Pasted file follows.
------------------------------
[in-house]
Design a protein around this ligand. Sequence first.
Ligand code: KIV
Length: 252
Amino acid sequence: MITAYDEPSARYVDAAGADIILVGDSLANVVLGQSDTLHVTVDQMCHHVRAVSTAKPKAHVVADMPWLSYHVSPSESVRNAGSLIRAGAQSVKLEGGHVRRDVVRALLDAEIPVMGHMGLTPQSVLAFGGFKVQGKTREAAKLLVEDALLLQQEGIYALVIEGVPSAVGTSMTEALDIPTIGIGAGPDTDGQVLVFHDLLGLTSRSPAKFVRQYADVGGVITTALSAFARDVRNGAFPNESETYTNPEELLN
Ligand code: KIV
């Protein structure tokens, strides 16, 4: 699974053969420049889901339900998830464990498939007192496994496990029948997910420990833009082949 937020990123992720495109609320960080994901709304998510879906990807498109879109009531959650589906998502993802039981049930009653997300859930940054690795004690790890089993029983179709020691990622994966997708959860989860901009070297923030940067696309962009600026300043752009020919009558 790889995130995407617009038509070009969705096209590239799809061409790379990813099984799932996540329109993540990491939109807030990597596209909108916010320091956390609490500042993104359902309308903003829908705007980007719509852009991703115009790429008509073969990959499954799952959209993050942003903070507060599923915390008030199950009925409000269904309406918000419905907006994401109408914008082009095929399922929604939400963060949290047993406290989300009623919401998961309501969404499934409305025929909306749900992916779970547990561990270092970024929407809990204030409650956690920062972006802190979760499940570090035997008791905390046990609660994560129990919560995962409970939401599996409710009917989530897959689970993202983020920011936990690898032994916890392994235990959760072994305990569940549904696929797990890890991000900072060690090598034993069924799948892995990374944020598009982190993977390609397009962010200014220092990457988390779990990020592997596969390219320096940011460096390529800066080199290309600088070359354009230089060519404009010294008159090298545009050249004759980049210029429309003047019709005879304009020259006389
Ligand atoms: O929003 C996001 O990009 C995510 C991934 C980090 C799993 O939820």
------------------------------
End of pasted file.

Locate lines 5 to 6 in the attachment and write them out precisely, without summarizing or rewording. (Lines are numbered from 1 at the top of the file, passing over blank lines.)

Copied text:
Amino acid sequence: MITAYDEPSARYVDAAGADIILVGDSLANVVLGQSDTLHVTVDQMCHHVRAVSTAKPKAHVVADMPWLSYHVSPSESVRNAGSLIRAGAQSVKLEGGHVRRDVVRALLDAEIPVMGHMGLTPQSVLAFGGFKVQGKTREAAKLLVEDALLLQQEGIYALVIEGVPSAVGTSMTEALDIPTIGIGAGPDTDGQVLVFHDLLGLTSRSPAKFVRQYADVGGVITTALSAFARDVRNGAFPNESETYTNPEELLN
Ligand code: KIV